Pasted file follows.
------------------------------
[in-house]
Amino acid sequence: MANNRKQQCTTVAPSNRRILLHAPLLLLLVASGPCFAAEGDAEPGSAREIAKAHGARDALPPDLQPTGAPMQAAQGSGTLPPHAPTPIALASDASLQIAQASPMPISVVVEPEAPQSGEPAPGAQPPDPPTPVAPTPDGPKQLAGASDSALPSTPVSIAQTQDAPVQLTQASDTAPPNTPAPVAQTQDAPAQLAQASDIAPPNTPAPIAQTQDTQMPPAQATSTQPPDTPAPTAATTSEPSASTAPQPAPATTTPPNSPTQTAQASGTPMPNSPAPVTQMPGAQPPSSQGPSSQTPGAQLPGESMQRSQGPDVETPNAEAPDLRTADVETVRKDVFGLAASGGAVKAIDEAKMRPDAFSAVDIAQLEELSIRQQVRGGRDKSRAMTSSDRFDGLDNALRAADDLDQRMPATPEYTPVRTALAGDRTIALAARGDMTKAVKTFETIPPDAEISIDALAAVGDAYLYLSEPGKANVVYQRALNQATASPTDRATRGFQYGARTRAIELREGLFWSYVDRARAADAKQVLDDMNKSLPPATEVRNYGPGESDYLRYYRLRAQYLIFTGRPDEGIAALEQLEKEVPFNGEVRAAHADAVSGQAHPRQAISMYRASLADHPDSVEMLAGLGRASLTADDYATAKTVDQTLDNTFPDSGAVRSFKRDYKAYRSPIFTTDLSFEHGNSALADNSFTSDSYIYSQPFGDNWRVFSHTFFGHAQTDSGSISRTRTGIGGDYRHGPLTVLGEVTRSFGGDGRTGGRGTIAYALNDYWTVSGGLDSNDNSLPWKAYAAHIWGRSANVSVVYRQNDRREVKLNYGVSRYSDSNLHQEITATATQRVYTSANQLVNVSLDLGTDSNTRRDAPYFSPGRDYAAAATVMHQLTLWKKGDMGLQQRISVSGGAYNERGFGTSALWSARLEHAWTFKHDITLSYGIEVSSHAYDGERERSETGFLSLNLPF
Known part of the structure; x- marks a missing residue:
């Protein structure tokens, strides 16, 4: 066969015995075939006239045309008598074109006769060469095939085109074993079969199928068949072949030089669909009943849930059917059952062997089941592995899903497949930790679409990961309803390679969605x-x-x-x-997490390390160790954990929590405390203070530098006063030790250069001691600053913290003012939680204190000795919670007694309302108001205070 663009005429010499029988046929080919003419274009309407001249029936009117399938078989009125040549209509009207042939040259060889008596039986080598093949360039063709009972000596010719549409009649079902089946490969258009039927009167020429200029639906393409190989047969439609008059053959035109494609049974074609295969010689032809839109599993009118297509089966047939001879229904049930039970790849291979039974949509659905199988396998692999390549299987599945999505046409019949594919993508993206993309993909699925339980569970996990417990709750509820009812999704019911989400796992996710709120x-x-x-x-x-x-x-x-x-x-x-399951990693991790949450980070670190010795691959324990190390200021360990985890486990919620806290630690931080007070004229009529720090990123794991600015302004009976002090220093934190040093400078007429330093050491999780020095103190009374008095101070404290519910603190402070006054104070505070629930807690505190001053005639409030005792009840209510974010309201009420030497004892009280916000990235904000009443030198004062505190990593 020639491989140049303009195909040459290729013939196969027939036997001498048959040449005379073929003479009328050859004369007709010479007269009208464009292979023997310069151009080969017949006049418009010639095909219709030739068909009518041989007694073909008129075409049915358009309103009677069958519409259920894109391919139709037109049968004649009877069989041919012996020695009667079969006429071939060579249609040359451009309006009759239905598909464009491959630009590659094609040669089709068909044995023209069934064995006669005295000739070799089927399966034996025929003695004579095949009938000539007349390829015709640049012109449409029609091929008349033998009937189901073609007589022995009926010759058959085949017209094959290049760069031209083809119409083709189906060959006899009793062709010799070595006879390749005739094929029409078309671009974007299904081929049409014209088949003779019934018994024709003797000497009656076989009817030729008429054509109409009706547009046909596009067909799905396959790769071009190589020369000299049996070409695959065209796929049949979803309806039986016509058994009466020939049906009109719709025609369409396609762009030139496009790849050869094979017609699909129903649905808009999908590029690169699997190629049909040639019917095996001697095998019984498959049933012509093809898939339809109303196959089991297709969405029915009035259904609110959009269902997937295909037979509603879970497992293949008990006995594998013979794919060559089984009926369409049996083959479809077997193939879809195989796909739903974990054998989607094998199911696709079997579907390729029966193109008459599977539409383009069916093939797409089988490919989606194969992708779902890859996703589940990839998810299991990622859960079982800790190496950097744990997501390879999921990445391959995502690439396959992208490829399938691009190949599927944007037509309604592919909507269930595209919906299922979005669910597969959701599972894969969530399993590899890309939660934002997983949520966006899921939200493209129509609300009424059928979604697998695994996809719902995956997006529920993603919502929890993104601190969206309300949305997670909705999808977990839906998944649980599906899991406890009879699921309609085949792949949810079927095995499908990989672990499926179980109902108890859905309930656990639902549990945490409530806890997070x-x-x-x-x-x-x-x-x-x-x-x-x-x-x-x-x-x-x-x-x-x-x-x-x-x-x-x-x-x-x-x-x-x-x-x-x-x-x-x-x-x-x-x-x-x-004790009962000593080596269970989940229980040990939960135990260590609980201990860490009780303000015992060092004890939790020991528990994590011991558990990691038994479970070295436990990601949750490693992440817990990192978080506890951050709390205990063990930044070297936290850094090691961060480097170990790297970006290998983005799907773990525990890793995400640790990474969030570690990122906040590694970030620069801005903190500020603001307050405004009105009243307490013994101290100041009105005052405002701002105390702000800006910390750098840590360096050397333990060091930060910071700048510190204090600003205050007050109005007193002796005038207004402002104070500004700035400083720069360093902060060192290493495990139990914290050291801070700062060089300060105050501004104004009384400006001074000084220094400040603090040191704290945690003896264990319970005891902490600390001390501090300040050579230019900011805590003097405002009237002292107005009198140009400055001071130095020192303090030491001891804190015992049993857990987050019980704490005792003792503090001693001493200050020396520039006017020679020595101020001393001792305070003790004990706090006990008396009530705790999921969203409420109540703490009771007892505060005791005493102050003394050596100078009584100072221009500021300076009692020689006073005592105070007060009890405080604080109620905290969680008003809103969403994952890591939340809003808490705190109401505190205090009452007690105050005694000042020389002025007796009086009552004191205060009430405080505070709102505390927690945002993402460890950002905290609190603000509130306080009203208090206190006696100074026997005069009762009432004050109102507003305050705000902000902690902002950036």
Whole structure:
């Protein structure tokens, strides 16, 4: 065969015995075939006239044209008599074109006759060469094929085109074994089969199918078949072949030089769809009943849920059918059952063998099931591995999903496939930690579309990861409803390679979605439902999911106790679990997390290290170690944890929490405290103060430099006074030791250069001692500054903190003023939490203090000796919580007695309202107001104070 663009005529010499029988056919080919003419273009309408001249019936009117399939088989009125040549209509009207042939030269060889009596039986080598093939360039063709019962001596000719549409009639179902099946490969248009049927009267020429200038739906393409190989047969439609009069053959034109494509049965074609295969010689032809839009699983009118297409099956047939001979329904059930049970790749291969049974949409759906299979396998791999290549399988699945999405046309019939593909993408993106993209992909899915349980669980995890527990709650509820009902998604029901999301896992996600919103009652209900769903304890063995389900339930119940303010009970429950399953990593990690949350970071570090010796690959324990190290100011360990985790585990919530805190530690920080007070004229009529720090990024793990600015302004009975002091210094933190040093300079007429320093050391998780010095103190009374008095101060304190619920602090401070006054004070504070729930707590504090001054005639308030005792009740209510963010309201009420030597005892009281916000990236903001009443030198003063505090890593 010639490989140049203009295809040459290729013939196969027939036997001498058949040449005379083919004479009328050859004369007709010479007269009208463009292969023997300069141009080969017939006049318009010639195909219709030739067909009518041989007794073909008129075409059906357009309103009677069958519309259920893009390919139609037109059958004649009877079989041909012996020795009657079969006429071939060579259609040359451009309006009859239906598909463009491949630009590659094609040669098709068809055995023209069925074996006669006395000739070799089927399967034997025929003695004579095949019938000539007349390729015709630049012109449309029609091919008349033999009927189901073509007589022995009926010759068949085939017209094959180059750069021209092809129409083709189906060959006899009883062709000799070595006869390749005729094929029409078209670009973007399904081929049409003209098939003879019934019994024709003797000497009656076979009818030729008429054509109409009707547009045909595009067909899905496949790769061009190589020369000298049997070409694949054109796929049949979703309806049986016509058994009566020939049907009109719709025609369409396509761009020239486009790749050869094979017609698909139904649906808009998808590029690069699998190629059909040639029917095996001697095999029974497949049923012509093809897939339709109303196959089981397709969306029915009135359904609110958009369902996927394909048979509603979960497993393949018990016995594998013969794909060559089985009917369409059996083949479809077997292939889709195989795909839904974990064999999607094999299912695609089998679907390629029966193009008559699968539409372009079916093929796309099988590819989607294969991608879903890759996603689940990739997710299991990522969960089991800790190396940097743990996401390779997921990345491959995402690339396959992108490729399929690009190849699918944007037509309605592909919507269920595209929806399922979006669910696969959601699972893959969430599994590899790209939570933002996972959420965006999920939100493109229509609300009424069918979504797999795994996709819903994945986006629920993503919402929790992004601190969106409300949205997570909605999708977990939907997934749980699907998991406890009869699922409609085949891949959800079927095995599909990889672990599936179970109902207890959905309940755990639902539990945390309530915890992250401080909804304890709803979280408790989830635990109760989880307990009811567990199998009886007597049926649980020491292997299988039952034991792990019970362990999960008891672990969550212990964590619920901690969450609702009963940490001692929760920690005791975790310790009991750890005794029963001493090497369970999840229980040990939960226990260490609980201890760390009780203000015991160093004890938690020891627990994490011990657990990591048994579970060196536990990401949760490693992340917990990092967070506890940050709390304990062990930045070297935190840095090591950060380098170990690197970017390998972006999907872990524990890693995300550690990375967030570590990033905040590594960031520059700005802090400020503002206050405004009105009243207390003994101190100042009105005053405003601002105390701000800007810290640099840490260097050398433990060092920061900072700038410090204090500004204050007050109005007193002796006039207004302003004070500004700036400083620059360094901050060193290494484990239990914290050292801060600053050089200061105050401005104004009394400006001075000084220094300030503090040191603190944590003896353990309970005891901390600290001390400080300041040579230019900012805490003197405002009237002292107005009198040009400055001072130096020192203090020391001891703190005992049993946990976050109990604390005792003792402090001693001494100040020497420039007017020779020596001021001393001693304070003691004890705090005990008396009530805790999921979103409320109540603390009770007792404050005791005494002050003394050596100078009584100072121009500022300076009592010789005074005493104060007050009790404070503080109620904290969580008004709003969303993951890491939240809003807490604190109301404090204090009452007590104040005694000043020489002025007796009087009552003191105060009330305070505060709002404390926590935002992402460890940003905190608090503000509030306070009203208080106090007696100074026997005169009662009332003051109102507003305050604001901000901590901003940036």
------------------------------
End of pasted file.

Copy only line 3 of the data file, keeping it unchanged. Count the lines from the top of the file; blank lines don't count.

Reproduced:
Known part of the structure; x- marks a missing residue: